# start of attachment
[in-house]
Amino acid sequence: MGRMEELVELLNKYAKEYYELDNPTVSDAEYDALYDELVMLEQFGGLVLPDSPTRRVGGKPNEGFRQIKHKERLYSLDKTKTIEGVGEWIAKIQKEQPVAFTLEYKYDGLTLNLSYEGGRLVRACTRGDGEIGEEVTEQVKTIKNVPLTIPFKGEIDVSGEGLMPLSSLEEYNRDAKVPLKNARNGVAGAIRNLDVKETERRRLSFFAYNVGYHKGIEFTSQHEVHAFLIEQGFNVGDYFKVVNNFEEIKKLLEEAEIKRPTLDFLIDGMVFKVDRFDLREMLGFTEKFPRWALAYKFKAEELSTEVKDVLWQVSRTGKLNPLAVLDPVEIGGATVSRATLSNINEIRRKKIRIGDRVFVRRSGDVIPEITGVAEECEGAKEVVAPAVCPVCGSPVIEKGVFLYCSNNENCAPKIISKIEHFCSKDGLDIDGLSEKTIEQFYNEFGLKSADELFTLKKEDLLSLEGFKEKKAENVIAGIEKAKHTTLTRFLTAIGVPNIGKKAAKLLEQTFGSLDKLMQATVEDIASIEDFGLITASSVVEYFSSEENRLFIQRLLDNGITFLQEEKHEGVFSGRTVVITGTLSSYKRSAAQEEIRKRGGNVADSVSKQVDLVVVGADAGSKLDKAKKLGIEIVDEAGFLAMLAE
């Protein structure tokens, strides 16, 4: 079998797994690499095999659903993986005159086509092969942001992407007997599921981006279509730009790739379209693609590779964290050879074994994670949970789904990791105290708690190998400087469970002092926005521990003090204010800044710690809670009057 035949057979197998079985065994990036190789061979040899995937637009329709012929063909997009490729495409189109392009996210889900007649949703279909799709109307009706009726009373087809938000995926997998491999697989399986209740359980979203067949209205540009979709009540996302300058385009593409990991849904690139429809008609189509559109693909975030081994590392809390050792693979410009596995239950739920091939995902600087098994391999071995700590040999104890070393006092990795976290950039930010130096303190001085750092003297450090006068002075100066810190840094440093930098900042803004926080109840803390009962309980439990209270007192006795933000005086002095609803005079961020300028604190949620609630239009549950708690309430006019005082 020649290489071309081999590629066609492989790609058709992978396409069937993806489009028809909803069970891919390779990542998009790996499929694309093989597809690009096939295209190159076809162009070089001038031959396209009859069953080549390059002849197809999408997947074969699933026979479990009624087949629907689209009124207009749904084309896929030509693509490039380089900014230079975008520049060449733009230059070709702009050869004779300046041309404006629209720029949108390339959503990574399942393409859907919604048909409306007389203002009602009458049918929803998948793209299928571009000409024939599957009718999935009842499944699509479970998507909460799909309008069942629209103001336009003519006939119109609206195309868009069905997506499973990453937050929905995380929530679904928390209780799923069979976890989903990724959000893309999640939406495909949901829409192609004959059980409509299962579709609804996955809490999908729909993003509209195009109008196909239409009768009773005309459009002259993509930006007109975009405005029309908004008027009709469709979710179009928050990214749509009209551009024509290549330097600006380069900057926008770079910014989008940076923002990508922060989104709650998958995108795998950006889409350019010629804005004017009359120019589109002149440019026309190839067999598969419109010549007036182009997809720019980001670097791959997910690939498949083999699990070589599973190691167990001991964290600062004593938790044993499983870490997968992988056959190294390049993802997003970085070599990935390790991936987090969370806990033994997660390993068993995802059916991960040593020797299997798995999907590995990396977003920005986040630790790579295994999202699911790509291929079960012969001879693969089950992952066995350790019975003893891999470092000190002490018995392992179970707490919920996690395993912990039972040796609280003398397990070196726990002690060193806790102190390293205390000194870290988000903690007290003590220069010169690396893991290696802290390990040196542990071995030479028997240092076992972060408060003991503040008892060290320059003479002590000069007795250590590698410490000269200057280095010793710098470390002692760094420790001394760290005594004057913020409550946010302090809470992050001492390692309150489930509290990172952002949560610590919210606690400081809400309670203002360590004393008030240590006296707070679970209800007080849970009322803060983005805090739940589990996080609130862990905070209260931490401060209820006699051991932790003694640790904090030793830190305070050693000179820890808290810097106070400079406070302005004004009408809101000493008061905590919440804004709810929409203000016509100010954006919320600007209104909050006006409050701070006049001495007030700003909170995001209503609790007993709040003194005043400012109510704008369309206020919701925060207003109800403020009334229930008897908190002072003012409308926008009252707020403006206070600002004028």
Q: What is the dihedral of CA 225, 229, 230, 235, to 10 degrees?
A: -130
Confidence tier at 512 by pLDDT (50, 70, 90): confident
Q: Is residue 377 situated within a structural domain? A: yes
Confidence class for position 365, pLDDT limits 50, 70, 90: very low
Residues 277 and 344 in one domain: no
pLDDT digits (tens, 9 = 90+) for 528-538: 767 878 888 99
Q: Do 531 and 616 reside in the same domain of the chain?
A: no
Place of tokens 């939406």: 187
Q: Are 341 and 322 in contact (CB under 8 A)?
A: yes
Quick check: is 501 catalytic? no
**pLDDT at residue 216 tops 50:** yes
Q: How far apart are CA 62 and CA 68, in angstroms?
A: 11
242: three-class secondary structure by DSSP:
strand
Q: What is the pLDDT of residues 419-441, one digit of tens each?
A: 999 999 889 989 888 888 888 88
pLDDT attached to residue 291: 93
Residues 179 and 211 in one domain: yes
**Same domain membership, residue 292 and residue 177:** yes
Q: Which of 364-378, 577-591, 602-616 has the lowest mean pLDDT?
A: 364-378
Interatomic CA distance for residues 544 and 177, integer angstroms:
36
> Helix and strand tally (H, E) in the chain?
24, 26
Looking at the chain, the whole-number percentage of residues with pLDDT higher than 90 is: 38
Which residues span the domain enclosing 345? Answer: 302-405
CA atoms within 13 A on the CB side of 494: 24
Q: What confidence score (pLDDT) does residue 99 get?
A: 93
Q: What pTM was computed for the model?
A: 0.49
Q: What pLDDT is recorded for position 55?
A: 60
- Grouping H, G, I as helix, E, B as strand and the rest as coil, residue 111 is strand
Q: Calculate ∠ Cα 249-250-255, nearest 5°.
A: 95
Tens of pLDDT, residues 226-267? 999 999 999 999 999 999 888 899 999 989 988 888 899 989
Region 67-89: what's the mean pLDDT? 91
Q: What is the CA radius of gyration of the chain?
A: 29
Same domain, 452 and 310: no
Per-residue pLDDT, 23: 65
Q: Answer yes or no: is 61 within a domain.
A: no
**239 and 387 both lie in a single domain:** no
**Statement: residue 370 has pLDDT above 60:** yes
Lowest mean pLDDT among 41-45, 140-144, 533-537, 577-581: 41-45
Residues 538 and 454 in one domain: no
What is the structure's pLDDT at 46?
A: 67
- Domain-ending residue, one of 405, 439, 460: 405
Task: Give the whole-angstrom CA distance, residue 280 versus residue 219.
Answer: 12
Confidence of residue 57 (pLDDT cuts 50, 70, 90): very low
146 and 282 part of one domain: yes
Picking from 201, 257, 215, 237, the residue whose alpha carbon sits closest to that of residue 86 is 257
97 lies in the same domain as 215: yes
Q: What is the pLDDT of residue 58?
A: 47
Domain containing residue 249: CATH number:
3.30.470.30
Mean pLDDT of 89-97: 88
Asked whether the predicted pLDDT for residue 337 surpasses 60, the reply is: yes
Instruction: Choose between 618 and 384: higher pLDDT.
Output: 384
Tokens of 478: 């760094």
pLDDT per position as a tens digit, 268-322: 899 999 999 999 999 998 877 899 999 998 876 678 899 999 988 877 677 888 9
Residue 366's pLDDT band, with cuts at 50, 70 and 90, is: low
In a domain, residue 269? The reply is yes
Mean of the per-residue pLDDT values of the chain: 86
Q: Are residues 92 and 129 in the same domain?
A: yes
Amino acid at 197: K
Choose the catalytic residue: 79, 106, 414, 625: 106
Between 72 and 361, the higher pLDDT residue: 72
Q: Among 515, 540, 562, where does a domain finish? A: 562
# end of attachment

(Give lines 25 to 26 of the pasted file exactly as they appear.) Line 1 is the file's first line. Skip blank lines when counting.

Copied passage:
Residues 179 and 211 in one domain: yes
**Same domain membership, residue 292 and residue 177:** yes